Nate Trewyn photo

UW-Whitewater's Nate Trewyn, a junior guard from Milton, earned preseason NCAA Division III All-American honors from three football publications. He helped the Warhawks' offense average 34.8 points, 198.9 rushing yards and 212.8 passing yards per game last season.

UW-Whitewater photo

WHITEWATER — At the beginning of last season, Nate Trewyn’s teammates had every reason to count him as an outsider.

He was a transfer coming in from NCAA Division II Minnesota State-Mankato, and he played the same position as returning center Spencer Shier, a Division III third-team All-American.

But from the first day, Trewyn — a junior who went to high school at nearby Milton — quickly earned the admiration of coaches and teammates.

“Once you see him on the field, he’s explosive, he’s exciting. He’s a pleasure to work with,” senior offensive lineman Mitchell Schauer said.

“One of the nicest guys you’ll meet; you wouldn’t think he was such a good football player.”

Coach Kevin Bullis noticed Trewyn’s performance in practice.

While saying it was a tough decision to give Trewyn the starting nod over Shier — a former Portage athlete who appeared in just eight games last year due to injury — Bullis insists he wasn’t the one who made the decision.

“He earned it. We have a saying here, ‘As coaches, we don’t decide who plays, players do.’ We just tally. That’s our job. We tally successes. We tally failures,” Bullis said. “And ultimately in the end, the numbers show Nate Trewyn earned the job. He gets to run out there first.”

Trewyn’s performance in 2016, which earned him first-team All-Wisconsin Intercollegiate Athletic Conference honors, ensured there would be no second-guessing. The Warhawks returned to the top of the WIAC, going 7-0 in the conference and 12-1 overall, advancing to the third round of the playoffs.

Street & Smith has named him a preseason first-team All-American and D3Football.com and Lindy’s Sports named him to their second teams.

Bullis heaps praise on Trewyn, who is 6-foot-4 and 302 pounds, pointing out he’s more than a big guy who can block.

“Besides being a talented young man — I mean he’s a mountain of a man, he’s extremely athletic — but it was really his leadership to me that was utterly amazing,” said Bullis, who is entering his third season.

“You’re coming in and challenging a returning All-American at a position. And his demeanor is such that everybody loved him right off the bat. Guys gained confidence in him immediately.”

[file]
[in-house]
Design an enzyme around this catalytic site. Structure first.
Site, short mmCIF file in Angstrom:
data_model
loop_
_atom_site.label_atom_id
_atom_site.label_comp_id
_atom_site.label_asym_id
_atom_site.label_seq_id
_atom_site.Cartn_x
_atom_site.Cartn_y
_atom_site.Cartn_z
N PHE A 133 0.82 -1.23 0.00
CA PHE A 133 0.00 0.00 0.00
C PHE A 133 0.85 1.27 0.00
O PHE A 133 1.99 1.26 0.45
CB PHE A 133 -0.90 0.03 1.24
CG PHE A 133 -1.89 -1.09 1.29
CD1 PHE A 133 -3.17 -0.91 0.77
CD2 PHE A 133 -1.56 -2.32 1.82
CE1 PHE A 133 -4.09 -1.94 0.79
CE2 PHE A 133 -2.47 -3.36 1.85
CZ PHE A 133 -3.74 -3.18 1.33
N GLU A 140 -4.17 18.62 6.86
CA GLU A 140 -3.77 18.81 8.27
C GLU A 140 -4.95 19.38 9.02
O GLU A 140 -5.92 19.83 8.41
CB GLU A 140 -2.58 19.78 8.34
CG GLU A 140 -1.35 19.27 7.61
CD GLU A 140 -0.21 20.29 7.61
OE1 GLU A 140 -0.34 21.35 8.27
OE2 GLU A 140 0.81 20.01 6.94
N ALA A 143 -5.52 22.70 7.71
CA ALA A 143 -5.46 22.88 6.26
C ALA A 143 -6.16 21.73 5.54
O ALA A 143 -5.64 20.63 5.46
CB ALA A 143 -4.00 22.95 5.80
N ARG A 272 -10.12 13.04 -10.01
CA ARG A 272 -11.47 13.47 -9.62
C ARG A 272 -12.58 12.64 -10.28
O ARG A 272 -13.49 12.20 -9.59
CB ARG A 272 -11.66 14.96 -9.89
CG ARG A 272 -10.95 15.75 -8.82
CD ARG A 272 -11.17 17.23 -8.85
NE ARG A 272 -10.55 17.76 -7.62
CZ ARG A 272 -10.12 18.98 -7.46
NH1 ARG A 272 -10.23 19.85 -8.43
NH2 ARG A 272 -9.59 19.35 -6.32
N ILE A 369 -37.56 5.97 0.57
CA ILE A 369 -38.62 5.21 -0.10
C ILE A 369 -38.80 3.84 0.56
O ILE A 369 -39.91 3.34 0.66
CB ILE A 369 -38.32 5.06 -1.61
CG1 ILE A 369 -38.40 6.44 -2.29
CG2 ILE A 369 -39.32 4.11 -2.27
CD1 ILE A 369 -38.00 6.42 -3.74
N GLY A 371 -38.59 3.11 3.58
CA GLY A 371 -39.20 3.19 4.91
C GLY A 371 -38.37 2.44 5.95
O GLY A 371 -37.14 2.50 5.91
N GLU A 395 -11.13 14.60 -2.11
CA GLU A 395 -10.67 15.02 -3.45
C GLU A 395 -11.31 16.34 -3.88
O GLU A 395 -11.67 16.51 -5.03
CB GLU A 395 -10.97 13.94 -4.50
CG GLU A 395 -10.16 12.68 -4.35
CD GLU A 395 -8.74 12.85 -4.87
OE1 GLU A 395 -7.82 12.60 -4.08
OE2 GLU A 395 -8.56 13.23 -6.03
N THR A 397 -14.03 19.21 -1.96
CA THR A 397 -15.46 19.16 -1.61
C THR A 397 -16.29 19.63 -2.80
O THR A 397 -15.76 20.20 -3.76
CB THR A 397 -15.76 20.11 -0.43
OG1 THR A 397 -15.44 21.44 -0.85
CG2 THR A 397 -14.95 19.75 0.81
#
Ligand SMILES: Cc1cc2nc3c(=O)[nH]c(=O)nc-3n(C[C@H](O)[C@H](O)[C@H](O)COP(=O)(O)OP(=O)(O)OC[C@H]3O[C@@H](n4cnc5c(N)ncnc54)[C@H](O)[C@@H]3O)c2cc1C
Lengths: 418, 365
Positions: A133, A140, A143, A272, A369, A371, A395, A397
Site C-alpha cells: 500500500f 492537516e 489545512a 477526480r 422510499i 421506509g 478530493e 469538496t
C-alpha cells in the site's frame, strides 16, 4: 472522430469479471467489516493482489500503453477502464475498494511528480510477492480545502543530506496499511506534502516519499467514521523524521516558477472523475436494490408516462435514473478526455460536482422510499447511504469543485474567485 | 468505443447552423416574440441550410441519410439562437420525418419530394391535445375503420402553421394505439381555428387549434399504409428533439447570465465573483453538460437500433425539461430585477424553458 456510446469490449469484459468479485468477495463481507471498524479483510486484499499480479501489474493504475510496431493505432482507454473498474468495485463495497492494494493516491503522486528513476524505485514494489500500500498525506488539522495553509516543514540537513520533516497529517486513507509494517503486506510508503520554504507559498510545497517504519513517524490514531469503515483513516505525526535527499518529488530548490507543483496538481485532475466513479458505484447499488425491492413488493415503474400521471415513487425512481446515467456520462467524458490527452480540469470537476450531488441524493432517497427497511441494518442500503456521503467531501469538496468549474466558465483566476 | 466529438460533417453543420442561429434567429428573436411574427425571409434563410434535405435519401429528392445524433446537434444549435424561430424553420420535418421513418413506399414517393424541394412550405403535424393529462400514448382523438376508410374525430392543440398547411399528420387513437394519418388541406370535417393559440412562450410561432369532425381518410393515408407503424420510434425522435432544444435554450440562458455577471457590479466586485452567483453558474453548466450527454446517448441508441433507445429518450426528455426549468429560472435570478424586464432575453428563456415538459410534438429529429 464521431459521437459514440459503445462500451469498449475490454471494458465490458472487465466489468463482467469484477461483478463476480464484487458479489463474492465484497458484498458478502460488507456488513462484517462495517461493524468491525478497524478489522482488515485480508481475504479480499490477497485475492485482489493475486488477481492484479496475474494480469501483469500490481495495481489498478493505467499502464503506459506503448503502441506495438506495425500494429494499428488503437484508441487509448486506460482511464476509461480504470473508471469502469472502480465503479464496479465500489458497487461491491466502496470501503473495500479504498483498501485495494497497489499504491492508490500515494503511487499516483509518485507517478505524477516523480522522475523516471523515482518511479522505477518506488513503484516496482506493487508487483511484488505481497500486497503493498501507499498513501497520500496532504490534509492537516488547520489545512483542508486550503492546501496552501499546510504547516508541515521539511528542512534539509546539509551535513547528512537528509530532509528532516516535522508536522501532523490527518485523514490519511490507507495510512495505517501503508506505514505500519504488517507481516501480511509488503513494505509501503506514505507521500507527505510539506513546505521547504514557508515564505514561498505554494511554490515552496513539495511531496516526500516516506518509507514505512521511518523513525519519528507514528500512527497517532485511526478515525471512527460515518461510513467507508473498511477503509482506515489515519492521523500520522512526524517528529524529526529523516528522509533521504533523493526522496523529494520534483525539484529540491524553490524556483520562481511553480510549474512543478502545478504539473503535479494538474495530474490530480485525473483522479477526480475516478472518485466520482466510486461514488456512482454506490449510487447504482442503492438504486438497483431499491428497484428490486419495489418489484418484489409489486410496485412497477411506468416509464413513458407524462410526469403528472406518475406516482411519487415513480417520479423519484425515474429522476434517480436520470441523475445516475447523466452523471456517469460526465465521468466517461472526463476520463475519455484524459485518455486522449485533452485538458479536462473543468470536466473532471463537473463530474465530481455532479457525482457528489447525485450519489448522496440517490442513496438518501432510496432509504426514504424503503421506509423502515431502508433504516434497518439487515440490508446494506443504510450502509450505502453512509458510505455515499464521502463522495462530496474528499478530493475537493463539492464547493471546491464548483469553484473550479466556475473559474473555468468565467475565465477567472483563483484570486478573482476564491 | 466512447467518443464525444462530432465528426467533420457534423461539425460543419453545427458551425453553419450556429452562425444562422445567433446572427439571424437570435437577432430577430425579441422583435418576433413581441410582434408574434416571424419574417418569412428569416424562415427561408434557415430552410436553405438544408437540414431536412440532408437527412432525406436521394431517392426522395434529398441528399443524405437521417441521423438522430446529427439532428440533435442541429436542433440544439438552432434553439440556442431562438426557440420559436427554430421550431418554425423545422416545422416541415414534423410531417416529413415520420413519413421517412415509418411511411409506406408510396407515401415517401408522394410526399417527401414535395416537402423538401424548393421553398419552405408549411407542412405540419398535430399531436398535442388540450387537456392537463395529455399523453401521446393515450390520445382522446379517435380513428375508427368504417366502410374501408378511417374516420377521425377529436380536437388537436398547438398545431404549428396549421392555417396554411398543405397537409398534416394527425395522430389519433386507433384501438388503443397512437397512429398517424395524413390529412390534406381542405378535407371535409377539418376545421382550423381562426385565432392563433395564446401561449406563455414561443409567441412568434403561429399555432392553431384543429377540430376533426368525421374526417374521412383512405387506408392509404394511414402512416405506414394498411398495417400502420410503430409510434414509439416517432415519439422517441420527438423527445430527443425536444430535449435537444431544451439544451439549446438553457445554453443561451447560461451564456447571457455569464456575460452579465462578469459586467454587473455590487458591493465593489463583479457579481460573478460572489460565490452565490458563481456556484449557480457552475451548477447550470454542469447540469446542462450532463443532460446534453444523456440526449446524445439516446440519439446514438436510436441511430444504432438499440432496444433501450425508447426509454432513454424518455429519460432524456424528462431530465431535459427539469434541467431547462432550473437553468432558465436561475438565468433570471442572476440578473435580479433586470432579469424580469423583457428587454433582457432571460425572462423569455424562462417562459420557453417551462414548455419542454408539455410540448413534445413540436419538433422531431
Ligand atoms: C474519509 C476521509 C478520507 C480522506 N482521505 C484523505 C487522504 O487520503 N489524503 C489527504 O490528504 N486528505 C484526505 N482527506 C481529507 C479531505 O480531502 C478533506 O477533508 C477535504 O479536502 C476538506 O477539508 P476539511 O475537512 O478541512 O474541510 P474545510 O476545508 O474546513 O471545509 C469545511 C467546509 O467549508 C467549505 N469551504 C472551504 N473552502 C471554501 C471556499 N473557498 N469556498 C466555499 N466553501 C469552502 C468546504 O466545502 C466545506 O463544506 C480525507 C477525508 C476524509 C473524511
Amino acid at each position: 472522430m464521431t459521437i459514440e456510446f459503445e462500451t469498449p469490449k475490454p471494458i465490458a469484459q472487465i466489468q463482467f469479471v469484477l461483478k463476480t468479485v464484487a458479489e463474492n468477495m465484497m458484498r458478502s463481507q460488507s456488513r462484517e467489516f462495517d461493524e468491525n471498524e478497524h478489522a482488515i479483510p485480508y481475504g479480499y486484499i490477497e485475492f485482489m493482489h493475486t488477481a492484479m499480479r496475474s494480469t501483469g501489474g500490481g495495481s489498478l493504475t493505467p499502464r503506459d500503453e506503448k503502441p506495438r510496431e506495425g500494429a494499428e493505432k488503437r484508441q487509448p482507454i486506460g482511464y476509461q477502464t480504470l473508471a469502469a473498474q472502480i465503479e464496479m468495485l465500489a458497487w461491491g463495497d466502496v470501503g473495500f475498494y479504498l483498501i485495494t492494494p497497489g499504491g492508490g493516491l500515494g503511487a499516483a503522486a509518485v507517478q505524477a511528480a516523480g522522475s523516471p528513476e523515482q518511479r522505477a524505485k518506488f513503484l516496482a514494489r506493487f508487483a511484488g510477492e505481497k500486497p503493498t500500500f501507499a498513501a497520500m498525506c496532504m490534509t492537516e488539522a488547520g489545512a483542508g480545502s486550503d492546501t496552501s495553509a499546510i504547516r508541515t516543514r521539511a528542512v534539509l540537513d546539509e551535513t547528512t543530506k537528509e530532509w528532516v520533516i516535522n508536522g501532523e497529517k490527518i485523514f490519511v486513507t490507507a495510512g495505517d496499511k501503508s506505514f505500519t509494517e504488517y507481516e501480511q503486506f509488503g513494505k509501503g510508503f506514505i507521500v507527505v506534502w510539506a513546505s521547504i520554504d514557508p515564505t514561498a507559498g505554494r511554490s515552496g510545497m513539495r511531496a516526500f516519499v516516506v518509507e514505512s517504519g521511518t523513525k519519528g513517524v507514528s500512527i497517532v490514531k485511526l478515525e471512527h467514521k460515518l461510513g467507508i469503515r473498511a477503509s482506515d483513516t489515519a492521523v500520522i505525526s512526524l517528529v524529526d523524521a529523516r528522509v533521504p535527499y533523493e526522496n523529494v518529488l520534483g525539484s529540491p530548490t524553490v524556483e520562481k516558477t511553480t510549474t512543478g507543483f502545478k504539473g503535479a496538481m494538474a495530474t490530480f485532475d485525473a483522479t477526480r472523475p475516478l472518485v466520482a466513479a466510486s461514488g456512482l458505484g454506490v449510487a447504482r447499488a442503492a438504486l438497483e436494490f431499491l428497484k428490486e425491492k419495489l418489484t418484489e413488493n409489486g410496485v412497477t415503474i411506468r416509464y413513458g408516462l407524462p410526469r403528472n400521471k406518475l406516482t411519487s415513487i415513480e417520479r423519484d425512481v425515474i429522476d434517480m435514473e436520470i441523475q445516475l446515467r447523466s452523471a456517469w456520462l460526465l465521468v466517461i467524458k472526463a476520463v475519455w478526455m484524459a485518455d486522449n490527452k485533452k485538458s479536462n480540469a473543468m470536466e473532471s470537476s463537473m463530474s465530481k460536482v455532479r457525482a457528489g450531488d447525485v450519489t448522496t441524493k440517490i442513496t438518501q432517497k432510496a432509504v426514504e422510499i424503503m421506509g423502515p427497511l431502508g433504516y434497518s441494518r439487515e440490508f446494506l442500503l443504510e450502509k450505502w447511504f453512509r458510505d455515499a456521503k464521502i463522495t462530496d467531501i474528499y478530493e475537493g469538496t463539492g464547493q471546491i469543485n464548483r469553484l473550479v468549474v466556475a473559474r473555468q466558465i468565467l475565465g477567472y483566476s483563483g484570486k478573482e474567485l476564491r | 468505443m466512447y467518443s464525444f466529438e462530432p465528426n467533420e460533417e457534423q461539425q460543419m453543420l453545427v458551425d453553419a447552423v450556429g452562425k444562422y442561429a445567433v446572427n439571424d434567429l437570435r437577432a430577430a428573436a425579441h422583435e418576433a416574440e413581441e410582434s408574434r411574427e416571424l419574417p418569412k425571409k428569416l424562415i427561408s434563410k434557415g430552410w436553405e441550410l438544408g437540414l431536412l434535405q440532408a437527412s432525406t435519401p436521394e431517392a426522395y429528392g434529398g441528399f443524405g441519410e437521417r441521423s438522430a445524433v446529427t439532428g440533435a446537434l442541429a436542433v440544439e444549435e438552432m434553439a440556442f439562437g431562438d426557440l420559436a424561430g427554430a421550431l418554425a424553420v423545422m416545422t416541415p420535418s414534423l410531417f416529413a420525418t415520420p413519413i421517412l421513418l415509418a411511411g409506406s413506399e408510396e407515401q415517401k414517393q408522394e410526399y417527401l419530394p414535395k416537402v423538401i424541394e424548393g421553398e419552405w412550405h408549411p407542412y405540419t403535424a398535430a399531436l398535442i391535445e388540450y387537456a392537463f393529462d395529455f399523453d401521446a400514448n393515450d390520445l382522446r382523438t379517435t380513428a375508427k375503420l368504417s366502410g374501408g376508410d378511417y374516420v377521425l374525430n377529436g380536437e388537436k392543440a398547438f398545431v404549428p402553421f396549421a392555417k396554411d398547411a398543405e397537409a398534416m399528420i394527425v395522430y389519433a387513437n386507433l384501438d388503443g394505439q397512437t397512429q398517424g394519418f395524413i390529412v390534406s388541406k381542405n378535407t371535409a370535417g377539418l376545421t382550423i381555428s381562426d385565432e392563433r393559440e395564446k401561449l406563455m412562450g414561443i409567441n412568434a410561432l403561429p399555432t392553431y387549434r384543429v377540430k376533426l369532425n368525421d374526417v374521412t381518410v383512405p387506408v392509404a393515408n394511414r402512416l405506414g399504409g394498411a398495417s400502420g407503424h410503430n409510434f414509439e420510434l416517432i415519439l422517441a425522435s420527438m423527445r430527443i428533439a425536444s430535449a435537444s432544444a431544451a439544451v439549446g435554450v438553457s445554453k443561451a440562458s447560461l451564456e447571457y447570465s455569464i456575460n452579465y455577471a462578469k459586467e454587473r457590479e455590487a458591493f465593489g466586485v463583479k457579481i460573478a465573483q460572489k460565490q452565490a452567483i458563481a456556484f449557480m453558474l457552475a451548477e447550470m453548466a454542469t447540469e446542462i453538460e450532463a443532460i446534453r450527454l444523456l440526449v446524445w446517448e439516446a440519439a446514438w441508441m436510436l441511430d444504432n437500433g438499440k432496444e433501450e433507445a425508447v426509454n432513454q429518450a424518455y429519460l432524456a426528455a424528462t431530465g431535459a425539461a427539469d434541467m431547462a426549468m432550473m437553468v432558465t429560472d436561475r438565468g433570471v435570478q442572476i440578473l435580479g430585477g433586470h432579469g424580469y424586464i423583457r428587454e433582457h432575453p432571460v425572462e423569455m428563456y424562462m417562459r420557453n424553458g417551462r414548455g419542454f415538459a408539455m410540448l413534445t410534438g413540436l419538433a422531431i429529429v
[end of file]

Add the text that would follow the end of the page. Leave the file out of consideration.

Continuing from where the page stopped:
That confidence in the offensive line helped the entire offense, spurring the Warhawks to average 34.8 points, 198.9 rushing yards and 212.8 passing yards per game.

Playmakers such as senior receiver Marcus Hudson, said the offensive line was a key to the team’s success.

“Being able to develop a route, take your time on a route and work the defensive back, it’s just awesome knowing that the offensive line will give (quarterback) Cole (Wilber) at least five seconds,” said Hudson, who caught four touchdown passes last season. “It just makes a big difference. I’m grateful for this offensive line.”

Senior tight end Tony Gumina, who also caught four touchdown passes, says Whitewater has the best offensive line in the country.

“No one outworks them. No one is smarter than them. It really helps having them on that side of the ball, because without them, we wouldn’t be able to make the plays,” Gumina said. “Just because we score a touchdown doesn’t mean that they didn’t do anything. They did everything in order for us to put six points on the board.”

Bullis wouldn’t go as far as claiming that the Warhawks have the best line in the country, but he did say he couldn’t disagree with Gumina’s claim, saying his unit is in the “top echelon.”

A year ago, that unit might not have even included Trewyn. But with a combination of natural talent and leadership skills, Trewyn quickly became a beloved part of the Warhawks line.

“Everybody can tell he’s authentic and real. He’s caring, polite, committed,” Bullis said. “Everybody knew he was all in immediately. He showed that right off the bat.”

Trewyn is an imposing guy, but like his fellow linemate Schauer said, he seems too nice to be lining up in the trenches every Saturday.

Soft-spoken and with a constant smile on his face, Trewyn expressed his gratitude to be named to preseason All-American lists. But, individual awards aren’t what he’s after.

Trewyn said playing in a winning program offers plenty of motivation.

“The recognition for preseason All-American is cool, but the goal is to add another one of those trophies,” Trewyn said of team’s six national titles. “The sky’s the limit for us this season.

“We’re ranked third this preseason. We take that kind of to heart, I guess, because we expect to be one at the end of the season.”

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